About synthetic phonics

The traditional approach to teaching phonics to young children may be termed ‘analytic’. In an analytic phonics programme, children are guided to deduce sound-spelling correspondences from words that they already know. For example, when children know, in speech and writing, the words fee, bee, see, keep, meet, feet, feed, deep, etc., the teacher can guide them to deduce the relationship between the spelling ee and its pronunciation in those words. Armed with this knowledge, if the children have also learnt the sound represented by h and d, they will be able to sound out a new word such as heed, or be able to spell it correctly when they hear it.

While the analytic approach is a more learner-oriented, discovery-based, approach, progress in phonics learning for L2 children can be slow, since this approach relies on learners’ known vocabulary.

In recent years, some countries, notably the UK, have experimented with a more direct approach to phonics teaching, called synthetic phonics. In a synthetic phonics programme, learners are taught explicitly a set of basic spelling units, called graphemes, and the pronunciation that these graphemes represent (called phonemes, or letter-sounds). Learners are also given training in combining graphemes to form syllables (blending), and dividing a syllable they hear into its constituent graphemes (segmenting). It is hoped that this training will speed up children’s reading, since on starting school, children already have quite a large listening-speaking vocabulary.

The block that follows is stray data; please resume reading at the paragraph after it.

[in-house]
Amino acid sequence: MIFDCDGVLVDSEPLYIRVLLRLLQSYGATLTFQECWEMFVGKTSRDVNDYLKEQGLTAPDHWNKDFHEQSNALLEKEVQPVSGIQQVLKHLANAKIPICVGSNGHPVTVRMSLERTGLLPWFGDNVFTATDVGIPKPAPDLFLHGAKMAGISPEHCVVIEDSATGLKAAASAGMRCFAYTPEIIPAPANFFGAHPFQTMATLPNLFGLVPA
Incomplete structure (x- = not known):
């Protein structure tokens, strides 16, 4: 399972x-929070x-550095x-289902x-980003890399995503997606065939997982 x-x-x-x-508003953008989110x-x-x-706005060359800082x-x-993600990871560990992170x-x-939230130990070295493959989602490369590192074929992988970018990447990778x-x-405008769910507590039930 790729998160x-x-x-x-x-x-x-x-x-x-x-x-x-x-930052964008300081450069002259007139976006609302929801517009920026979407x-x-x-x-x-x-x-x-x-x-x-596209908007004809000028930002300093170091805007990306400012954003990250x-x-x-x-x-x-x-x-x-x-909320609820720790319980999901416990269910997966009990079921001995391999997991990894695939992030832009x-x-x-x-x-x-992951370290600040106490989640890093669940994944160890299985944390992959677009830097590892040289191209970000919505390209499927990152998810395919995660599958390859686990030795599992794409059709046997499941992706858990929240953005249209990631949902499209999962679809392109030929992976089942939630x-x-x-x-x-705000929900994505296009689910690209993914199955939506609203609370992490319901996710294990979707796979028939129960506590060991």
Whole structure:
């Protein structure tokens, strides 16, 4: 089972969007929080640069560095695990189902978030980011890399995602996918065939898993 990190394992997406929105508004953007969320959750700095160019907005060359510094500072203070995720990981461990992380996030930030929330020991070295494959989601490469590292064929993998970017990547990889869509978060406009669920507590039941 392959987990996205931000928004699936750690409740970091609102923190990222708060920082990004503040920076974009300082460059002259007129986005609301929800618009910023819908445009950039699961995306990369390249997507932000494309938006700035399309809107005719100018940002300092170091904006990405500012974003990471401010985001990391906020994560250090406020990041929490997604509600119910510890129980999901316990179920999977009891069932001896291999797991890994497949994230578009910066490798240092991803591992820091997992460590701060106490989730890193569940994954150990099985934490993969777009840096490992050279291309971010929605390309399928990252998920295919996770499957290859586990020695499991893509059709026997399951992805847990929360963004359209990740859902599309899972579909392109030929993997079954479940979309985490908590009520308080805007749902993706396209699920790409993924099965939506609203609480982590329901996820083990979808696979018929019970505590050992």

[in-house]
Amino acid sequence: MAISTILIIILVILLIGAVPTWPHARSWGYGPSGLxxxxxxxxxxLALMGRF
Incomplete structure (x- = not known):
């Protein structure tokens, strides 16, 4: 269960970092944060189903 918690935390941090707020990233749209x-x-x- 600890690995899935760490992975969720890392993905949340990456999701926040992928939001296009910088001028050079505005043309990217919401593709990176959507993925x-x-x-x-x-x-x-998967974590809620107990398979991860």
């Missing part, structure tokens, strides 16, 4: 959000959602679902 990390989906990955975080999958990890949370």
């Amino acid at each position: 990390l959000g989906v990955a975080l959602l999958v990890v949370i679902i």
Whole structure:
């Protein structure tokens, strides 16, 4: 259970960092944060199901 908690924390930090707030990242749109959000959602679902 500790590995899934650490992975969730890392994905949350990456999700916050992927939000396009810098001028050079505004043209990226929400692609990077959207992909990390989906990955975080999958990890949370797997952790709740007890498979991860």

Research in L1 countries has produced promising results. In 2006, the UK Department of Education and Skills recommended that all primary schools in the country adopt the synthetic approach in the teaching of phonics. In Hong Kong, a study by Sze (2009) involving 326 Primary One children from 3 schools confirmed the effectiveness of synthetic phonics for children whose first language is Chinese.



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